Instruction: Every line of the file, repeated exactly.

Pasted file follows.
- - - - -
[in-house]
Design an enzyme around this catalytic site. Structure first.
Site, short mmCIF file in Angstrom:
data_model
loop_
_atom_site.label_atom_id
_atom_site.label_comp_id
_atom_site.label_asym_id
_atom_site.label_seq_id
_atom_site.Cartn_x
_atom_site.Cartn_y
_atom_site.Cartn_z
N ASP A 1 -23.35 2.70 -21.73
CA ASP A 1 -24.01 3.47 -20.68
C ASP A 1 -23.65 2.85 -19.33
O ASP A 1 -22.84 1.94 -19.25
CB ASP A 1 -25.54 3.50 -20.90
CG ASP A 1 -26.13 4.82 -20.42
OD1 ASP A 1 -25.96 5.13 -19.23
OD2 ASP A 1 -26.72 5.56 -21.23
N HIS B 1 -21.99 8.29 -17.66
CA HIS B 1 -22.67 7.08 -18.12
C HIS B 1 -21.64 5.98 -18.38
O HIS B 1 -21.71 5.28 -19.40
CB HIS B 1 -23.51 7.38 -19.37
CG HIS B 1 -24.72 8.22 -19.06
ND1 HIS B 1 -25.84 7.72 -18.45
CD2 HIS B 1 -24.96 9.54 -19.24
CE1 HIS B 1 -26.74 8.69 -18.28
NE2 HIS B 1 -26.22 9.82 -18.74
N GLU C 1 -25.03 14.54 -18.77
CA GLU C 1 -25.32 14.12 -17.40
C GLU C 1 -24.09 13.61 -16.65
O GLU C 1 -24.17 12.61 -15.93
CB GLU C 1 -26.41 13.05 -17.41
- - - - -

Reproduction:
[in-house]
Design an enzyme around this catalytic site. Structure first.
Site, short mmCIF file in Angstrom:
data_model
loop_
_atom_site.label_atom_id
_atom_site.label_comp_id
_atom_site.label_asym_id
_atom_site.label_seq_id
_atom_site.Cartn_x
_atom_site.Cartn_y
_atom_site.Cartn_z
N ASP A 1 -23.35 2.70 -21.73
CA ASP A 1 -24.01 3.47 -20.68
C ASP A 1 -23.65 2.85 -19.33
O ASP A 1 -22.84 1.94 -19.25
CB ASP A 1 -25.54 3.50 -20.90
CG ASP A 1 -26.13 4.82 -20.42
OD1 ASP A 1 -25.96 5.13 -19.23
OD2 ASP A 1 -26.72 5.56 -21.23
N HIS B 1 -21.99 8.29 -17.66
CA HIS B 1 -22.67 7.08 -18.12
C HIS B 1 -21.64 5.98 -18.38
O HIS B 1 -21.71 5.28 -19.40
CB HIS B 1 -23.51 7.38 -19.37
CG HIS B 1 -24.72 8.22 -19.06
ND1 HIS B 1 -25.84 7.72 -18.45
CD2 HIS B 1 -24.96 9.54 -19.24
CE1 HIS B 1 -26.74 8.69 -18.28
NE2 HIS B 1 -26.22 9.82 -18.74
N GLU C 1 -25.03 14.54 -18.77
CA GLU C 1 -25.32 14.12 -17.40
C GLU C 1 -24.09 13.61 -16.65
O GLU C 1 -24.17 12.61 -15.93
CB GLU C 1 -26.41 13.05 -17.41